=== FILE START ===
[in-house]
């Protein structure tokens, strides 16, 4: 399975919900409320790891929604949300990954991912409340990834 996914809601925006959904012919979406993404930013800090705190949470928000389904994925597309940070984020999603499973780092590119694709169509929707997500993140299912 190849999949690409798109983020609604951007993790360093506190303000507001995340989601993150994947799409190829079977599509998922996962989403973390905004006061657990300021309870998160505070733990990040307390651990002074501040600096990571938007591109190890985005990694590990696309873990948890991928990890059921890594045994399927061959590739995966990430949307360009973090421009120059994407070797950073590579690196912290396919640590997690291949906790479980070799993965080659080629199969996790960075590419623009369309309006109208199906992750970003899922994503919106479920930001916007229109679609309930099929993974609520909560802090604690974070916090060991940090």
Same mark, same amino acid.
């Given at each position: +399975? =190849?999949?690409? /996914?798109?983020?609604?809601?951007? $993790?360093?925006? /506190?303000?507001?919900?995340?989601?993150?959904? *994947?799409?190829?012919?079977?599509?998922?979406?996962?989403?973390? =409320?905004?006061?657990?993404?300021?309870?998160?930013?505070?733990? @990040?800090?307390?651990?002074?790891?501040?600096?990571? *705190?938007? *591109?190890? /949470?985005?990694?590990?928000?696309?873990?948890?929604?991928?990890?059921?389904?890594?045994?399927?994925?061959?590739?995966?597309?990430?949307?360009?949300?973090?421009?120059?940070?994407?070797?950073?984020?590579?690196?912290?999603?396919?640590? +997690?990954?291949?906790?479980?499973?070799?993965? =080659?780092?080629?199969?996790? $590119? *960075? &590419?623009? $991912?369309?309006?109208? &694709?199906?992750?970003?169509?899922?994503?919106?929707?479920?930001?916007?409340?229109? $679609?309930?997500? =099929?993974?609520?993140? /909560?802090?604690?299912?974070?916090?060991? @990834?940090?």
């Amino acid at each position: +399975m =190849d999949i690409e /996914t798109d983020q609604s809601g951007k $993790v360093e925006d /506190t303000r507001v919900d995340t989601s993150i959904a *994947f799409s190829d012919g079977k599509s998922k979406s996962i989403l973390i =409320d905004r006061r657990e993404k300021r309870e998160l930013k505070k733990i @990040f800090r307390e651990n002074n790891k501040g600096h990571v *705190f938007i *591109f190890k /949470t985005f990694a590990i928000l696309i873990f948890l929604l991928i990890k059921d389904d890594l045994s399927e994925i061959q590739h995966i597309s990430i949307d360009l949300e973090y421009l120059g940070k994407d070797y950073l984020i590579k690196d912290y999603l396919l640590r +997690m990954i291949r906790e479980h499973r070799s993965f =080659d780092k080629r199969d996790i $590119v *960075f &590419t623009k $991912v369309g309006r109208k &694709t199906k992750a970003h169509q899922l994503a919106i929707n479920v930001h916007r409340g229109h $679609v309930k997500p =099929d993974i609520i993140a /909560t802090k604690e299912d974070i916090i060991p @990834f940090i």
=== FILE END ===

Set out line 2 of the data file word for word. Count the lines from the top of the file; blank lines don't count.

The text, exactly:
């Protein structure tokens, strides 16, 4: 399975919900409320790891929604949300990954991912409340990834 996914809601925006959904012919979406993404930013800090705190949470928000389904994925597309940070984020999603499973780092590119694709169509929707997500993140299912 190849999949690409798109983020609604951007993790360093506190303000507001995340989601993150994947799409190829079977599509998922996962989403973390905004006061657990300021309870998160505070733990990040307390651990002074501040600096990571938007591109190890985005990694590990696309873990948890991928990890059921890594045994399927061959590739995966990430949307360009973090421009120059994407070797950073590579690196912290396919640590997690291949906790479980070799993965080659080629199969996790960075590419623009369309309006109208199906992750970003899922994503919106479920930001916007229109679609309930099929993974609520909560802090604690974070916090060991940090």